by Greg Mayer
Philosopher Daniel A. Kaufman edits an online magazine called The Electric Agora which bills itself as a “modern Symposium for the digital age”, and which “publishes essays, videos, reviews, and humorous pieces, lying at the intersection of philosophy, the humanities, science, and popular culture.”
He posted a piece yesterday entitled “Twenty-Five Things Everyone Used to Understand” in which he laments the loss of shared conventions of thought and behavior that allow for a tolerant, civil, and liberal society. He writes,
The 25 propositions below say things that pretty much everyone in the United States understood until five proverbial minutes ago. I collect them here, not just as a reminder of how much things have changed in such a short time, but because together, they represent a wisdom about life that is needed today more than ever before.
Most or all of the 25 would gain my assent, but I’ll comment briefly on just two of them here.
Proposition 23, “Terrible people have produced and continue to produce great works of art and popular culture, the value of which persists, regardless of the character or conduct of their creators“, seems relevant to the biography of Philip Roth that Jerry mentioned, and also captures some of what might be a consensus in the discussion amongst WEIT readers on that post.
Proposition 24, “The point of engaging with arts and entertainment is not to develop a deep, personal investment in the character of artists and entertainers whom you don’t know and never will“, I would extend to athletes as well. Two of my favorite athletes are Patrick Ewing and Derek Jeter, both now retired.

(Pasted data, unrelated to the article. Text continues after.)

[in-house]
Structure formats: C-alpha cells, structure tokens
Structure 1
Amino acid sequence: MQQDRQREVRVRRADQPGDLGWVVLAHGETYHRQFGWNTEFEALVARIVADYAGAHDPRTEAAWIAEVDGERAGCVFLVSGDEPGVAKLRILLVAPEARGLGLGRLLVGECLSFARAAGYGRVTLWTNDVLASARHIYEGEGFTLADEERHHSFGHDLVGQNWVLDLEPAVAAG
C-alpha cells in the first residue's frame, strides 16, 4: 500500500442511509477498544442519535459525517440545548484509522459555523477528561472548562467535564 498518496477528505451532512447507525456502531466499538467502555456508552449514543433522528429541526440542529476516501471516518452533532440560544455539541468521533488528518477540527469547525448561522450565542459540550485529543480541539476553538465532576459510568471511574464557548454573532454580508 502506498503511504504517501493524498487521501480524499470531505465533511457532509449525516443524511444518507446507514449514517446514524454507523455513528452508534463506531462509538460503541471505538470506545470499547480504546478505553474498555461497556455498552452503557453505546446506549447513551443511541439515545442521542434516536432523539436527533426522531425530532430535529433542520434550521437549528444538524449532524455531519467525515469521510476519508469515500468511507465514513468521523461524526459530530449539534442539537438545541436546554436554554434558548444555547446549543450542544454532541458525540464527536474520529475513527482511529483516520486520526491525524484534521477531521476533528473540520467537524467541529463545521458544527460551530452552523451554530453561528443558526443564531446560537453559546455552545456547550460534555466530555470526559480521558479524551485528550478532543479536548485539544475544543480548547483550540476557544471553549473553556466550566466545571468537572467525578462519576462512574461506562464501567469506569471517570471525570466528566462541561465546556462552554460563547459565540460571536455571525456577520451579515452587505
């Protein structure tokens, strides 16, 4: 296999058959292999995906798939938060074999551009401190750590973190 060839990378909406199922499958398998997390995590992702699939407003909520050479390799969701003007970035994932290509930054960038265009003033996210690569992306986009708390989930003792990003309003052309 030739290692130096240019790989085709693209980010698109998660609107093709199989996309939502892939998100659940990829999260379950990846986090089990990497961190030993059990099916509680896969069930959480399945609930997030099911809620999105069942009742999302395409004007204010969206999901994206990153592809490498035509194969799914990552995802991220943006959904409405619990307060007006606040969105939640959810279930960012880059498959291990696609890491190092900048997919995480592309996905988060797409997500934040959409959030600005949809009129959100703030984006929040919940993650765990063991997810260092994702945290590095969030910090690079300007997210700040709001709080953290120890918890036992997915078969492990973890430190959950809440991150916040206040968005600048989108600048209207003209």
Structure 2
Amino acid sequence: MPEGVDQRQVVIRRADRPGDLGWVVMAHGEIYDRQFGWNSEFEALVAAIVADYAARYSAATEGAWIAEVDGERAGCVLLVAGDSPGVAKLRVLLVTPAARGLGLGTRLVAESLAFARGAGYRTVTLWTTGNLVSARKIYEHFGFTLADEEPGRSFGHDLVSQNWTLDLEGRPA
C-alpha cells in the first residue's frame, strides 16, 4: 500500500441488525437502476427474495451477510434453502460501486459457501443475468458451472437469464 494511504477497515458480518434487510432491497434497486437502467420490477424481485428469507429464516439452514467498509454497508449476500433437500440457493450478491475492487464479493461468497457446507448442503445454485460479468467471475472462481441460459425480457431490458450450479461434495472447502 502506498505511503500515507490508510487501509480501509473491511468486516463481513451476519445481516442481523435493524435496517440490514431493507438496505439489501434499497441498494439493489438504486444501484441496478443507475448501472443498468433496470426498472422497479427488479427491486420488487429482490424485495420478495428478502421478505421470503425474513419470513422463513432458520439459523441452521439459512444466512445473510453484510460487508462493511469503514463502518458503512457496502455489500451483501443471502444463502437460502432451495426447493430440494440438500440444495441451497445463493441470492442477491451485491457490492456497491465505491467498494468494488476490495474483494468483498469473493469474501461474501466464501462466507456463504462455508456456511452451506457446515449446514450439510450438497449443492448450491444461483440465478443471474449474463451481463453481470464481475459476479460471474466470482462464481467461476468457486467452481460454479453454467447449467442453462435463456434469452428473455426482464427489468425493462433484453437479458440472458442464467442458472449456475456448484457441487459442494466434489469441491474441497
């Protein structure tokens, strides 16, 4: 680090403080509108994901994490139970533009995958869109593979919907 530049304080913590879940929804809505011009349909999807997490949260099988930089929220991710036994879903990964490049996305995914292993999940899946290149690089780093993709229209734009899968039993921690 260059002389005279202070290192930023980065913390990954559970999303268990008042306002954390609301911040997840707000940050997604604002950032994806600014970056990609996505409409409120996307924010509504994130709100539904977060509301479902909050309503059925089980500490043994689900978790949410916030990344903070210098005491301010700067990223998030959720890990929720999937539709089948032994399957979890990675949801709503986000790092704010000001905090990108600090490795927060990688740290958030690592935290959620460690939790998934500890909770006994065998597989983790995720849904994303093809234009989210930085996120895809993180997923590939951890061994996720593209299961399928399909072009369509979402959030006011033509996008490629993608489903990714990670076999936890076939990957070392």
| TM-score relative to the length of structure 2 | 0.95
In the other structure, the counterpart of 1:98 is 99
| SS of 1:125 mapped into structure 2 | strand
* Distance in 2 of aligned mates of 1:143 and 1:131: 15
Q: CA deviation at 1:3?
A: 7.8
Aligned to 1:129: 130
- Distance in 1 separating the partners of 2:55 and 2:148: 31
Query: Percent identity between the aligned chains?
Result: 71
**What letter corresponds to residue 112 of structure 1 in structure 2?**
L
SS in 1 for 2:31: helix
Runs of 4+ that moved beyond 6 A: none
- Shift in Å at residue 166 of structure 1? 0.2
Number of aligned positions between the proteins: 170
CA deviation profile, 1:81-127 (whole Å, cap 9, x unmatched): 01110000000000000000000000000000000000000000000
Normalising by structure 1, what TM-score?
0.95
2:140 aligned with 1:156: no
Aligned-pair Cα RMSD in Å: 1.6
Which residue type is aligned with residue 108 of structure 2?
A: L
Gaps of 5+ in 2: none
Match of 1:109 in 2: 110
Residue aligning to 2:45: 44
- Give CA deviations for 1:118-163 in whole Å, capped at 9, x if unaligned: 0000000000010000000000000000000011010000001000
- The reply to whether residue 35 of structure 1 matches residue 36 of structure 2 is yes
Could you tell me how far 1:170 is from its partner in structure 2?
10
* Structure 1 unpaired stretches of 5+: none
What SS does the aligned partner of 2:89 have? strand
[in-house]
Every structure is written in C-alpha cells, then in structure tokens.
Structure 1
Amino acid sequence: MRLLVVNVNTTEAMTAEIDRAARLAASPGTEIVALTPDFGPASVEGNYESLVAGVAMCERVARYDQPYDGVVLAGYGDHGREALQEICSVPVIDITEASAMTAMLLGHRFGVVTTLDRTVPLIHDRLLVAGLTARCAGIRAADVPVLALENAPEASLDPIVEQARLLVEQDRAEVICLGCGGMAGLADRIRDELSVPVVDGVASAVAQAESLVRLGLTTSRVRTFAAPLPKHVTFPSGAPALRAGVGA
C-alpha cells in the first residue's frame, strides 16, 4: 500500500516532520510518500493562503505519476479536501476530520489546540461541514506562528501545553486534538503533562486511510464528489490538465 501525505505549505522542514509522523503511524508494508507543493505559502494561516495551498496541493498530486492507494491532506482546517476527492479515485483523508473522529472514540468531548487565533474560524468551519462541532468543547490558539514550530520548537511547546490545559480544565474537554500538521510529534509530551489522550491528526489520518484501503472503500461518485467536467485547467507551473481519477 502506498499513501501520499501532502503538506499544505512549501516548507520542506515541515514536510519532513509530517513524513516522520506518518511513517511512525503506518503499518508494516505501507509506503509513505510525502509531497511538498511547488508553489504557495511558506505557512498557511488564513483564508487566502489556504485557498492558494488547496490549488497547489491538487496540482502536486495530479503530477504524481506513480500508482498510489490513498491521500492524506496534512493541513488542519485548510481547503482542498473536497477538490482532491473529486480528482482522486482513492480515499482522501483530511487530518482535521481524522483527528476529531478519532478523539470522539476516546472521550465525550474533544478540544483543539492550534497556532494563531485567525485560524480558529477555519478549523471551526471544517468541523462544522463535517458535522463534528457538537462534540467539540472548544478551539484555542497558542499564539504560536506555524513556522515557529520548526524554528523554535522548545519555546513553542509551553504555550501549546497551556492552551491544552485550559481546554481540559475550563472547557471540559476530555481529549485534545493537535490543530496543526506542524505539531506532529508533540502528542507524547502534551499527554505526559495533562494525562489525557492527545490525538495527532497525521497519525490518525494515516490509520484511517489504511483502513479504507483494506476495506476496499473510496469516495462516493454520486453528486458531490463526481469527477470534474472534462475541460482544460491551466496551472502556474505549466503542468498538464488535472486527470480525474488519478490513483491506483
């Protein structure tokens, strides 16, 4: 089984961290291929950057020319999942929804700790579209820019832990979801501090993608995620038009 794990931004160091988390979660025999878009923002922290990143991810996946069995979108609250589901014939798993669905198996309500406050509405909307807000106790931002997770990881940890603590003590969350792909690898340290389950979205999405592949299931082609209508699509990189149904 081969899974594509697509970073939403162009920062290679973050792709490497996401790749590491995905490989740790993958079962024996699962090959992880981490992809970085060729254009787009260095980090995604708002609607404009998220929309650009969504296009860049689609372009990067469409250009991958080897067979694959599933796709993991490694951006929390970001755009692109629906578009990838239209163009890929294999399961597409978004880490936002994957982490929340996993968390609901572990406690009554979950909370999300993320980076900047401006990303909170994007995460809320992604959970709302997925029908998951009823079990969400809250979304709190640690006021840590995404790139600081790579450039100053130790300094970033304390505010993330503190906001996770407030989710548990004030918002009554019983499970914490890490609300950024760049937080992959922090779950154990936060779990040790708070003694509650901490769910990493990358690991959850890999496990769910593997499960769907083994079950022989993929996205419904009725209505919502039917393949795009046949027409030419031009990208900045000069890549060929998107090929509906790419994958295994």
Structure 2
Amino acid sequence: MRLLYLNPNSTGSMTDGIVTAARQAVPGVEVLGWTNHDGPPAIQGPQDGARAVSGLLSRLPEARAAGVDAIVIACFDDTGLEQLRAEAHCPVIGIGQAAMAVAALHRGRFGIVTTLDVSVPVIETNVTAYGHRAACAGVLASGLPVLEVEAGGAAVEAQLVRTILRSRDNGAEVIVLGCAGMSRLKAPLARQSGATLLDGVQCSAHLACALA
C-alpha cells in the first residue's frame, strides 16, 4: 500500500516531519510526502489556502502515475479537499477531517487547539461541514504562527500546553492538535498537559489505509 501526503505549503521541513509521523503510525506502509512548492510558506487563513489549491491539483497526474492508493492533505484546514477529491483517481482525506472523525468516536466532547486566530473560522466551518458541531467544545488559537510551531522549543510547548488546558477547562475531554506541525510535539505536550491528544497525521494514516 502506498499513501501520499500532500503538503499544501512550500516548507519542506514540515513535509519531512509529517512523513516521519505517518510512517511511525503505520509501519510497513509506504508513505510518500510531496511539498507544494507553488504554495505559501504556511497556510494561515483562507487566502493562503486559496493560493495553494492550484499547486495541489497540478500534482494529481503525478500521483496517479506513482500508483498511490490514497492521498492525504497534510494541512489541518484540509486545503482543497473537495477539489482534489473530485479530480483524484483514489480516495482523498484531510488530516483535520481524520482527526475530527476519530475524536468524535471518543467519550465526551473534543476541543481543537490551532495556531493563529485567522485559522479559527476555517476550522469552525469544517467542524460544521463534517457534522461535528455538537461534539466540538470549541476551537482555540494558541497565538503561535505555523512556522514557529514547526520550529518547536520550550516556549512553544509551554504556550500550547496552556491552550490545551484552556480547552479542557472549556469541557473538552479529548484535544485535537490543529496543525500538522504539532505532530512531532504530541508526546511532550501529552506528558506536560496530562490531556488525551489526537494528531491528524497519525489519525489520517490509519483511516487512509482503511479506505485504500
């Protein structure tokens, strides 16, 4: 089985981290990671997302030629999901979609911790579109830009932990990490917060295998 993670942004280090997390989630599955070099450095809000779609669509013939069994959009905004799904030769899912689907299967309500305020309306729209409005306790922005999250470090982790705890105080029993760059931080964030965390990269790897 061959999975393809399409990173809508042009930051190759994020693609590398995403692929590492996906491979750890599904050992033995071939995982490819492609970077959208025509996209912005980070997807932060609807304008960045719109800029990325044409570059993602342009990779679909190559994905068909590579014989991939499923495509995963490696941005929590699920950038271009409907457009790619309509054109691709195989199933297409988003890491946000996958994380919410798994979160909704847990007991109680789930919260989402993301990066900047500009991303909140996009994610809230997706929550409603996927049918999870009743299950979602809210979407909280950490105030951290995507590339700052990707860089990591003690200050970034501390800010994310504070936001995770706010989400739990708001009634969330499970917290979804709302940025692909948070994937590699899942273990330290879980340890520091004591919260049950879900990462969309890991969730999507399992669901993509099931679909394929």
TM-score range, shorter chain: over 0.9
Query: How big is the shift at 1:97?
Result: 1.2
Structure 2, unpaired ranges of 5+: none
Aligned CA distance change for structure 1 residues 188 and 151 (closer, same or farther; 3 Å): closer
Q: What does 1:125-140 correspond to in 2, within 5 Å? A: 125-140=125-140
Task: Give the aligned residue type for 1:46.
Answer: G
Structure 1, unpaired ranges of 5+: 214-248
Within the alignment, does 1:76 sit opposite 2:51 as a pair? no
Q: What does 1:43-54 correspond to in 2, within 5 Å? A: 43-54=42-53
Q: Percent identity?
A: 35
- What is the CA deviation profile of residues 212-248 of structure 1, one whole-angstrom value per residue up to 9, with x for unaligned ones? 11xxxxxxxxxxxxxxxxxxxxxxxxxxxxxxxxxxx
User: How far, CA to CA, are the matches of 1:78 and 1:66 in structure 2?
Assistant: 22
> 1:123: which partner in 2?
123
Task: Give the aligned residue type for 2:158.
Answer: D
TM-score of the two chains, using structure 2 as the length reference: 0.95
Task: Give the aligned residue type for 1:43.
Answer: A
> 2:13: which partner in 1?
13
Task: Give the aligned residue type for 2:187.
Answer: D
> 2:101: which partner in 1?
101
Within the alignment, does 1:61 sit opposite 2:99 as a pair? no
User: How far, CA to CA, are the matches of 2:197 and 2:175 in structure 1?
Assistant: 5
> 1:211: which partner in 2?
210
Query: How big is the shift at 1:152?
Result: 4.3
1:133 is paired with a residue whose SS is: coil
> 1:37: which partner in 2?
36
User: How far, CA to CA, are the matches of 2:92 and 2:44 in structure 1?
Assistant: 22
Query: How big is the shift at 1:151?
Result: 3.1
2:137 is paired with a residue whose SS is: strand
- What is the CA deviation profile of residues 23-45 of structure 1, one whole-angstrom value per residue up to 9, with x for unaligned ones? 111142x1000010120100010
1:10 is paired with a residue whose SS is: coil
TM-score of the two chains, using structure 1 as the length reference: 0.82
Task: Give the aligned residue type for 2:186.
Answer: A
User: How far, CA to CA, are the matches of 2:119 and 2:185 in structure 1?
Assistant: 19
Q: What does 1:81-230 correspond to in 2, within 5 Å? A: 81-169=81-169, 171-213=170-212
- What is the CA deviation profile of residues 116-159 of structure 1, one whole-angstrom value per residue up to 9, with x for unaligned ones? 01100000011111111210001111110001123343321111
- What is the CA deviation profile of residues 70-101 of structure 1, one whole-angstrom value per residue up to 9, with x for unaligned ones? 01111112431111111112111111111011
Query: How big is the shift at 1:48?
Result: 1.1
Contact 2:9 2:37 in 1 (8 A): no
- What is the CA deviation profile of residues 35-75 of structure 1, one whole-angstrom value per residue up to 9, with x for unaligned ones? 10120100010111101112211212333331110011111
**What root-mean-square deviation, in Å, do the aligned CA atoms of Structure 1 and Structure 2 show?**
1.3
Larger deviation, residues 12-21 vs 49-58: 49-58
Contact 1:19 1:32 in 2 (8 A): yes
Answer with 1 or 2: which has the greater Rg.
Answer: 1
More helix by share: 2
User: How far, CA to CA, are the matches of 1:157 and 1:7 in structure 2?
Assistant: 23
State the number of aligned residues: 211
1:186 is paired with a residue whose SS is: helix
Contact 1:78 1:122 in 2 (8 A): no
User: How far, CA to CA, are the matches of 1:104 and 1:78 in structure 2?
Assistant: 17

I followed Ewing and the Knicks closely during his heyday with them. At some point, perhaps after he retired, I saw some news item connecting him to some tawdry behavior at a strip club, and how this might affect his wife. My first thought was, “I didn’t know he was married.” And that’s the way I wanted it to be– I admired his play, not his personal life. (I’m not saying there was anything much wrong with his personal life– after all, “Homo sum: humani nihil a me alienum puto“– it’s just that I didn’t know, and had no need to know.)
Derek Jeter was long New York City’s most eligible bachelor (women regularly showed up at Yankee Stadium holding “Marry me Derek” signs), and he regularly was photographed with the beautiful and famous women he dated. But he himself essentially never commented on anything outside his life in baseball, and even in that realm he was always circumspect, and focused on “any year we don’t win the World Series is a failure”-style deflection of questions. And I liked this– he spoke on the field, with his play.
Both Ewing and Jeter were outwardly stoic and taciturn. Perhaps I liked this about them, but I’ve no idea if this is what they are “really” like; even more I liked that this kept the focus on their sport, and not their private lives.
There are 23 more propositions, all worthy of comment. Go read the piece, and choose a proposition or two to comment on here for fellow WEIT readers.
h/t Brian Leiter